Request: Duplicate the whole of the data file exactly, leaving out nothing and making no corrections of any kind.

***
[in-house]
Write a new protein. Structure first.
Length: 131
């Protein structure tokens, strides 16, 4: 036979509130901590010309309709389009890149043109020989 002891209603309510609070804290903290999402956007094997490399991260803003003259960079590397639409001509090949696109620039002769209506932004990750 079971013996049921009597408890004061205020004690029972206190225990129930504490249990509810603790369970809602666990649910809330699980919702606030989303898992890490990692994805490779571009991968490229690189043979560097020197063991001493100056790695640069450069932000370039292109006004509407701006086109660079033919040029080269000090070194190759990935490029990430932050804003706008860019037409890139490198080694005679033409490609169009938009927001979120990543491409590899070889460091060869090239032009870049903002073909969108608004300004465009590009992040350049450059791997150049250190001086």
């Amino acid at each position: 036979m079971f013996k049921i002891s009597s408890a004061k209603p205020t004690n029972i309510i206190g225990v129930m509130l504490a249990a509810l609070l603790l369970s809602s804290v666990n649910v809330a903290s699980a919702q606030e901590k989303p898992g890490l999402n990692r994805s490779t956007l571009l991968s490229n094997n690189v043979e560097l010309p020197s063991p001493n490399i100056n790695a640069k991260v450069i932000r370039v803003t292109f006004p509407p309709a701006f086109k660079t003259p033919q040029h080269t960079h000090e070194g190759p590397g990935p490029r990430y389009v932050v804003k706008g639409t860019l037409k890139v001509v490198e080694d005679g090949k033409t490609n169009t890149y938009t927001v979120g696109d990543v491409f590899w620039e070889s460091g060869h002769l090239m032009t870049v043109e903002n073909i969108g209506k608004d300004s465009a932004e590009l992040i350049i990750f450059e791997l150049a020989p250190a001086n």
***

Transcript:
[in-house]
Write a new protein. Structure first.
Length: 131
């Protein structure tokens, strides 16, 4: 036979509130901590010309309709389009890149043109020989 002891209603309510609070804290903290999402956007094997490399991260803003003259960079590397639409001509090949696109620039002769209506932004990750 079971013996049921009597408890004061205020004690029972206190225990129930504490249990509810603790369970809602666990649910809330699980919702606030989303898992890490990692994805490779571009991968490229690189043979560097020197063991001493100056790695640069450069932000370039292109006004509407701006086109660079033919040029080269000090070194190759990935490029990430932050804003706008860019037409890139490198080694005679033409490609169009938009927001979120990543491409590899070889460091060869090239032009870049903002073909969108608004300004465009590009992040350049450059791997150049250190001086």
């Amino acid at each position: 036979m079971f013996k049921i002891s009597s408890a004061k209603p205020t004690n029972i309510i206190g225990v129930m509130l504490a249990a509810l609070l603790l369970s809602s804290v666990n649910v809330a903290s699980a919702q606030e901590k989303p898992g890490l999402n990692r994805s490779t956007l571009l991968s490229n094997n690189v043979e560097l010309p020197s063991p001493n490399i100056n790695a640069k991260v450069i932000r370039v803003t292109f006004p509407p309709a701006f086109k660079t003259p033919q040029h080269t960079h000090e070194g190759p590397g990935p490029r990430y389009v932050v804003k706008g639409t860019l037409k890139v001509v490198e080694d005679g090949k033409t490609n169009t890149y938009t927001v979120g696109d990543v491409f590899w620039e070889s460091g060869h002769l090239m032009t870049v043109e903002n073909i969108g209506k608004d300004s465009a932004e590009l992040i350049i990750f450059e791997l150049a020989p250190a001086n």